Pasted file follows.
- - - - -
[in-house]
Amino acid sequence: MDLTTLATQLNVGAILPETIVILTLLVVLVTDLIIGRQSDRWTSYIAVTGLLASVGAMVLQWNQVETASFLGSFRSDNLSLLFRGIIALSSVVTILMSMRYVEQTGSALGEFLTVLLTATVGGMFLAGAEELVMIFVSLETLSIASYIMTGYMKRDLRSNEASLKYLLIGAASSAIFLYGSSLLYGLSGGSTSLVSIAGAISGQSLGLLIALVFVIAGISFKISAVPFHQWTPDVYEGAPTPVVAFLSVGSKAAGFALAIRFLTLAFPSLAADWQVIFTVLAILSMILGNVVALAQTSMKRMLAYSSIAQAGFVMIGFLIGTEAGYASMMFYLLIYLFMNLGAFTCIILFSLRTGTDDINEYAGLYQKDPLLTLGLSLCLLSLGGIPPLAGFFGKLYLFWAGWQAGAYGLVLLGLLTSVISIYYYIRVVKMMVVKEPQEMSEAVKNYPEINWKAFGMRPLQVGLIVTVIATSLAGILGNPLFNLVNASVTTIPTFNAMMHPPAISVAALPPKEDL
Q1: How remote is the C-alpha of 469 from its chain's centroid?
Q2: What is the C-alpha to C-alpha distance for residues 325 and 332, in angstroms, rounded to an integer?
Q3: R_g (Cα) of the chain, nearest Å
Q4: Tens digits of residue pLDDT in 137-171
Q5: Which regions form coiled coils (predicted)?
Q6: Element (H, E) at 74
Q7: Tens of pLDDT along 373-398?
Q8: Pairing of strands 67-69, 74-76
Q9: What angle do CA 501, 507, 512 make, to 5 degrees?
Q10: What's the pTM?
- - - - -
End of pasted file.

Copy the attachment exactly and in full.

[in-house]
Amino acid sequence: MDLTTLATQLNVGAILPETIVILTLLVVLVTDLIIGRQSDRWTSYIAVTGLLASVGAMVLQWNQVETASFLGSFRSDNLSLLFRGIIALSSVVTILMSMRYVEQTGSALGEFLTVLLTATVGGMFLAGAEELVMIFVSLETLSIASYIMTGYMKRDLRSNEASLKYLLIGAASSAIFLYGSSLLYGLSGGSTSLVSIAGAISGQSLGLLIALVFVIAGISFKISAVPFHQWTPDVYEGAPTPVVAFLSVGSKAAGFALAIRFLTLAFPSLAADWQVIFTVLAILSMILGNVVALAQTSMKRMLAYSSIAQAGFVMIGFLIGTEAGYASMMFYLLIYLFMNLGAFTCIILFSLRTGTDDINEYAGLYQKDPLLTLGLSLCLLSLGGIPPLAGFFGKLYLFWAGWQAGAYGLVLLGLLTSVISIYYYIRVVKMMVVKEPQEMSEAVKNYPEINWKAFGMRPLQVGLIVTVIATSLAGILGNPLFNLVNASVTTIPTFNAMMHPPAISVAALPPKEDL
Q1: How remote is the C-alpha of 469 from its chain's centroid?
Q2: What is the C-alpha to C-alpha distance for residues 325 and 332, in angstroms, rounded to an integer?
Q3: R_g (Cα) of the chain, nearest Å
Q4: Tens digits of residue pLDDT in 137-171
Q5: Which regions form coiled coils (predicted)?
Q6: Element (H, E) at 74
Q7: Tens of pLDDT along 373-398?
Q8: Pairing of strands 67-69, 74-76
Q9: What angle do CA 501, 507, 512 make, to 5 degrees?
Q10: What's the pTM?